Athanasius, known as “the Champion of Orthodoxy,” was born in Alexandria in approximately 297. Nothing is known of his family except that his parents were Christians and that he had a brother, Peter.
From his youth he was close to the hermits of the desert, specially the great St. Anthony whose life he wrote. He was highly educated in Greek, literature, philosophy and rhetoric, jurisprudence and Christian doctrine, and had an exceptional knowledge of the Holy Scriptures. Around 318, he was received into the diaconate and was appointed secretary to Bishop Alexander of Alexandria.
About the year 323, a presbyter of Libyan origins by name Arius, scandalized Christianity by teaching that Christ, although a superlative human, was not divine. Bishop Alexander called a council of Egyptian bishops who condemned the doctrine as heresy, and deposed Arius and eleven priests and deacons. The heresiarch continued to win over prelates and “intellectuals”, disseminating his doctrine in songs set to popular tunes, which chanted in marketplaces and by sailors, spread like wildfire throughout the Mediterranean.
Athanasius was present at the First Council of Nicaea in 325 which formerly defined the heresy and set forth the true doctrine of the divinity of Christ, excommunicated Arius and promulgated the Nicene Creed.
At the death of Bishop Alexander, shortly after the council, Athanasius was nominated his successor though not yet thirty years of age.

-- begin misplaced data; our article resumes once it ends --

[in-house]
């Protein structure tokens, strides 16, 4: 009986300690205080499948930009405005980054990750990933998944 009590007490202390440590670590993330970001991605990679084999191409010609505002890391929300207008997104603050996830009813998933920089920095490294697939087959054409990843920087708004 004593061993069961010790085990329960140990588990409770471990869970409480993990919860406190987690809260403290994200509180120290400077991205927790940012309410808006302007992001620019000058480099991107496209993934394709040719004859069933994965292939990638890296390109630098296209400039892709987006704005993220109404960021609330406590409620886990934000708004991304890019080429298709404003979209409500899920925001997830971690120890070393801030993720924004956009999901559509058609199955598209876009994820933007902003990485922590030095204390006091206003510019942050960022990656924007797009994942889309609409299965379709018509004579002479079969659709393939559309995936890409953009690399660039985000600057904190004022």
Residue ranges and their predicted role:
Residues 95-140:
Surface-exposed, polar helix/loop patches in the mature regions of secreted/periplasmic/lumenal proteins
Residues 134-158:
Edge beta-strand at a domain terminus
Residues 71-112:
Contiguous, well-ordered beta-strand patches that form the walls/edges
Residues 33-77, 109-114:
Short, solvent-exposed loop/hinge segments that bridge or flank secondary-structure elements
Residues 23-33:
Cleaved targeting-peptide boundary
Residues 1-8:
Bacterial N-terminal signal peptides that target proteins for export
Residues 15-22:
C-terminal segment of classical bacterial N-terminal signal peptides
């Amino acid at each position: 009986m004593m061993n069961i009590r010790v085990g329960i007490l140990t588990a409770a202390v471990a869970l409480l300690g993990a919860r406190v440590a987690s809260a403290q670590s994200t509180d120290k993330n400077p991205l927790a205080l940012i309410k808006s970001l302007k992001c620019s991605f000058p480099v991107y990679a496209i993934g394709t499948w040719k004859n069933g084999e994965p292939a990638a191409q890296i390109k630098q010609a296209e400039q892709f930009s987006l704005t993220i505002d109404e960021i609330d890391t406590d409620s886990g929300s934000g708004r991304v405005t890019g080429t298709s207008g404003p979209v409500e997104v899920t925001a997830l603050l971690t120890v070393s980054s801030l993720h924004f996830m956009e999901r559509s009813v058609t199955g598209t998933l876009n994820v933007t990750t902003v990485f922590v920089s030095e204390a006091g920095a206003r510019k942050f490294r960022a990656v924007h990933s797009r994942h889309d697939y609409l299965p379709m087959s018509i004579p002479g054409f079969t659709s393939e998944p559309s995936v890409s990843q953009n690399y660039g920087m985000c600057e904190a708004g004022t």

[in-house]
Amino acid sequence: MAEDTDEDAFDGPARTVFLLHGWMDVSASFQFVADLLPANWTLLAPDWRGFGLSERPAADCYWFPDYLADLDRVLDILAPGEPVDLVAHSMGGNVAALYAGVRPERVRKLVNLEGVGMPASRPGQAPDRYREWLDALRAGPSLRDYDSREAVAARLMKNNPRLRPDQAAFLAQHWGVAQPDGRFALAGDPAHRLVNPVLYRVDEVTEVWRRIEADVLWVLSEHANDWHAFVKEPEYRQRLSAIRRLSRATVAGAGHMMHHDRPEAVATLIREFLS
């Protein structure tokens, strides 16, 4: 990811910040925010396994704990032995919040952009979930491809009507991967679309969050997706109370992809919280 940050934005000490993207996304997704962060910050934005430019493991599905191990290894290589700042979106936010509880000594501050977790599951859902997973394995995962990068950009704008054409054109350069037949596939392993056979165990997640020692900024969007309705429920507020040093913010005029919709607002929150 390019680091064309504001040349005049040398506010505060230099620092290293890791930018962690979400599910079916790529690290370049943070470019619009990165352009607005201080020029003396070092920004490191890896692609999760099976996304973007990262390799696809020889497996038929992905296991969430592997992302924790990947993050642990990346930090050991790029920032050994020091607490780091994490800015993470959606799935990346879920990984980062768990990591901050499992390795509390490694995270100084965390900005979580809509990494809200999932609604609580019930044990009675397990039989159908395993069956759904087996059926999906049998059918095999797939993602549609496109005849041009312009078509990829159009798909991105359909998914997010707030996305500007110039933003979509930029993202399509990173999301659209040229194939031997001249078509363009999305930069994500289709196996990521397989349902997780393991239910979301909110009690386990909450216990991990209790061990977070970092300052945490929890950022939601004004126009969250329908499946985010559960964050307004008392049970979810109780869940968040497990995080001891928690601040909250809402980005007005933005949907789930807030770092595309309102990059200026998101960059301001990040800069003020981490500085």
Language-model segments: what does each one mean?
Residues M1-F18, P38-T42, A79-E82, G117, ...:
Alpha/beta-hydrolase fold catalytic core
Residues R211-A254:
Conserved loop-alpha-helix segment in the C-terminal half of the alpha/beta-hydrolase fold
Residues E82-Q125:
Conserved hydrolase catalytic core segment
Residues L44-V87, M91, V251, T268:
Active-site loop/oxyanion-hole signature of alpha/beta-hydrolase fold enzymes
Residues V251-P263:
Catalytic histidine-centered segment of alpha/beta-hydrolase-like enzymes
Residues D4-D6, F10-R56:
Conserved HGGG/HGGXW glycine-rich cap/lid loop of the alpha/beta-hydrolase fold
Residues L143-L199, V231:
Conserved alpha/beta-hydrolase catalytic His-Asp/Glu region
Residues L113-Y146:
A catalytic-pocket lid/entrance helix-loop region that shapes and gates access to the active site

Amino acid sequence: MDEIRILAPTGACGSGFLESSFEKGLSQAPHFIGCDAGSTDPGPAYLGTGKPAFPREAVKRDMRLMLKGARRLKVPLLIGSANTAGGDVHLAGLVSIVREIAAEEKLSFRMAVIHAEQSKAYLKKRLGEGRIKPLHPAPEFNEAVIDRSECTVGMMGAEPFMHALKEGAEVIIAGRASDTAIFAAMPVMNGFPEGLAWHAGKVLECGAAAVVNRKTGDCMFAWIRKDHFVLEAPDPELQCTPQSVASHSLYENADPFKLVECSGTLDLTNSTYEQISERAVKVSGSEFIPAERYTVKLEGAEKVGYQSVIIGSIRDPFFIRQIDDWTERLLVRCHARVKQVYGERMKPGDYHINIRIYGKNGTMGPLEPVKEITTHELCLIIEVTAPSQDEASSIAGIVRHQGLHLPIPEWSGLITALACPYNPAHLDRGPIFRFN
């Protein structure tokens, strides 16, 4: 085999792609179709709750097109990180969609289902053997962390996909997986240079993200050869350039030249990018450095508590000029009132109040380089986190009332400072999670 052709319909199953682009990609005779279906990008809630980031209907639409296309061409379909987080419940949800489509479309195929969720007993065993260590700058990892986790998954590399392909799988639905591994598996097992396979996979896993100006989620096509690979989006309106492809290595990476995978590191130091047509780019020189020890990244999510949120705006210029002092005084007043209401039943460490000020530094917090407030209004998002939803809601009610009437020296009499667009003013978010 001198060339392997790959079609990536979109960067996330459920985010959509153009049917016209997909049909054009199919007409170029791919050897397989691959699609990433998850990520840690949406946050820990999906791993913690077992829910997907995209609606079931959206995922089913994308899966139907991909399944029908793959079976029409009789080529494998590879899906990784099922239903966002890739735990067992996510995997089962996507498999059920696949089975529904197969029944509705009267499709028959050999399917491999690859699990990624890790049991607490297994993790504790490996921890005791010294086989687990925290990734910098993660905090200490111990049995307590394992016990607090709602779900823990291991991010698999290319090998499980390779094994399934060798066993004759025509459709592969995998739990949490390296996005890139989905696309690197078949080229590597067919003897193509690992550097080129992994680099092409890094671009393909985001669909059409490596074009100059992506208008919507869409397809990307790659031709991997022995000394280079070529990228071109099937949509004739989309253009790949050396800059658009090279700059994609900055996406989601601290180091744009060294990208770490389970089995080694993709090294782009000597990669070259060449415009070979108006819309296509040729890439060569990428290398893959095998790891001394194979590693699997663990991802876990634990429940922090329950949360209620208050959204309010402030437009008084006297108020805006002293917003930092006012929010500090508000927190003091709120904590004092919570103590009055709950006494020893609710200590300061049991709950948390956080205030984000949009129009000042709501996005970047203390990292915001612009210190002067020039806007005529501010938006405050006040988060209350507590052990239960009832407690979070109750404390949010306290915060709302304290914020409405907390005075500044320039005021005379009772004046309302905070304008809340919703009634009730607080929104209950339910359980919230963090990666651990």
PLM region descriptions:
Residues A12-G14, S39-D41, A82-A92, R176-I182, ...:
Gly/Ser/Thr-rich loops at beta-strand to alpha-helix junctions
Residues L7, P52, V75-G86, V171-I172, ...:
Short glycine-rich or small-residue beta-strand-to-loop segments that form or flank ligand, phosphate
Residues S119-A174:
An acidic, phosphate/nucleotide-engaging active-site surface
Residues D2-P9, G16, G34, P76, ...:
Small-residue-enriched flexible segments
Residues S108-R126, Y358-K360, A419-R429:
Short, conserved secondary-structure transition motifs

In 330, the Arian Bishop Eusebius of Nicomedia persuaded the Emperor Constantine to write to Athanasius bidding him re-admit Arius into communion. Athanasius replied that the Catholic Church could hold no communion with heretics who attacked the divinity of Christ. He was to lead the struggle against Arianism for the rest of his life.
The embattled bishop was accused of everything from exacting a tax on church linen to killing a dissenting bishop (very much alive in hiding). After these accusations, his life was plagued with harassment, banishments, the need to defend himself before councils with periods of reprieve depending on which emperor reigned. At one point his diocese was even usurped by an Arian bishop. Five times he was driven from his post, spending a total of seventeen years as a bishop in exile. When banished, Athanasius followed the example of his friend St. Anthony and retired to the desert.
Finally, Emperor Valens, fearing an uprising of the Egyptians who loved their prelate, revoked a fifth edict of banishment, and Athanasius was escorted back to his see in triumph.
He reigned undisturbed for the last seven years of his life, dying in Alexandria on May 2, 373. His body was later translated first to Constantinople and then to Venice.